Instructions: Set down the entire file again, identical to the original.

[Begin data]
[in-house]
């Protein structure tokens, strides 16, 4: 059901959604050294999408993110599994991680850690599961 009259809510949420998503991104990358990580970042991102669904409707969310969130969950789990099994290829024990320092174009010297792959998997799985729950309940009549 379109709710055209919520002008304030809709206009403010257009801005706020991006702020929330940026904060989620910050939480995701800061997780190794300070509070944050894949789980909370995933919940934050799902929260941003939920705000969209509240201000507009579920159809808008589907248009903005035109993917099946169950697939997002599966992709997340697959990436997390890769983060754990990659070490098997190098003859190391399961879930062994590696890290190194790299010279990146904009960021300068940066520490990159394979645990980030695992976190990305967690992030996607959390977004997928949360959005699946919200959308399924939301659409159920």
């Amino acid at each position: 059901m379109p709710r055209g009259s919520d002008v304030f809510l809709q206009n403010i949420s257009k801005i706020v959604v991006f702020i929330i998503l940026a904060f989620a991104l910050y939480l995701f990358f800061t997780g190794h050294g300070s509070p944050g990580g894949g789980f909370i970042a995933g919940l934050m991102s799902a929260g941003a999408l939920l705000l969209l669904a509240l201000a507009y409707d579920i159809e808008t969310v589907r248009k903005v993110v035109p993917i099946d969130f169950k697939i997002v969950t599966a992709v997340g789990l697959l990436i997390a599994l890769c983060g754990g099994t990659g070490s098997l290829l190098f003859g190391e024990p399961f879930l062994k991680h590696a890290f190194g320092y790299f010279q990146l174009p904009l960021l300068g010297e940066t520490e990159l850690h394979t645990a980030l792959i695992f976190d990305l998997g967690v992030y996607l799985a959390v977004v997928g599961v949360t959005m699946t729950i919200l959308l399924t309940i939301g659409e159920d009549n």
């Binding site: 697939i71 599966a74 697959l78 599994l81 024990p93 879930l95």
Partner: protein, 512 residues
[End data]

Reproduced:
[in-house]
């Protein structure tokens, strides 16, 4: 059901959604050294999408993110599994991680850690599961 009259809510949420998503991104990358990580970042991102669904409707969310969130969950789990099994290829024990320092174009010297792959998997799985729950309940009549 379109709710055209919520002008304030809709206009403010257009801005706020991006702020929330940026904060989620910050939480995701800061997780190794300070509070944050894949789980909370995933919940934050799902929260941003939920705000969209509240201000507009579920159809808008589907248009903005035109993917099946169950697939997002599966992709997340697959990436997390890769983060754990990659070490098997190098003859190391399961879930062994590696890290190194790299010279990146904009960021300068940066520490990159394979645990980030695992976190990305967690992030996607959390977004997928949360959005699946919200959308399924939301659409159920």
């Amino acid at each position: 059901m379109p709710r055209g009259s919520d002008v304030f809510l809709q206009n403010i949420s257009k801005i706020v959604v991006f702020i929330i998503l940026a904060f989620a991104l910050y939480l995701f990358f800061t997780g190794h050294g300070s509070p944050g990580g894949g789980f909370i970042a995933g919940l934050m991102s799902a929260g941003a999408l939920l705000l969209l669904a509240l201000a507009y409707d579920i159809e808008t969310v589907r248009k903005v993110v035109p993917i099946d969130f169950k697939i997002v969950t599966a992709v997340g789990l697959l990436i997390a599994l890769c983060g754990g099994t990659g070490s098997l290829l190098f003859g190391e024990p399961f879930l062994k991680h590696a890290f190194g320092y790299f010279q990146l174009p904009l960021l300068g010297e940066t520490e990159l850690h394979t645990a980030l792959i695992f976190d990305l998997g967690v992030y996607l799985a959390v977004v997928g599961v949360t959005m699946t729950i919200l959308l399924t309940i939301g659409e159920d009549n």
């Binding site: 697939i71 599966a74 697959l78 599994l81 024990p93 879930l95």
Partner: protein, 512 residues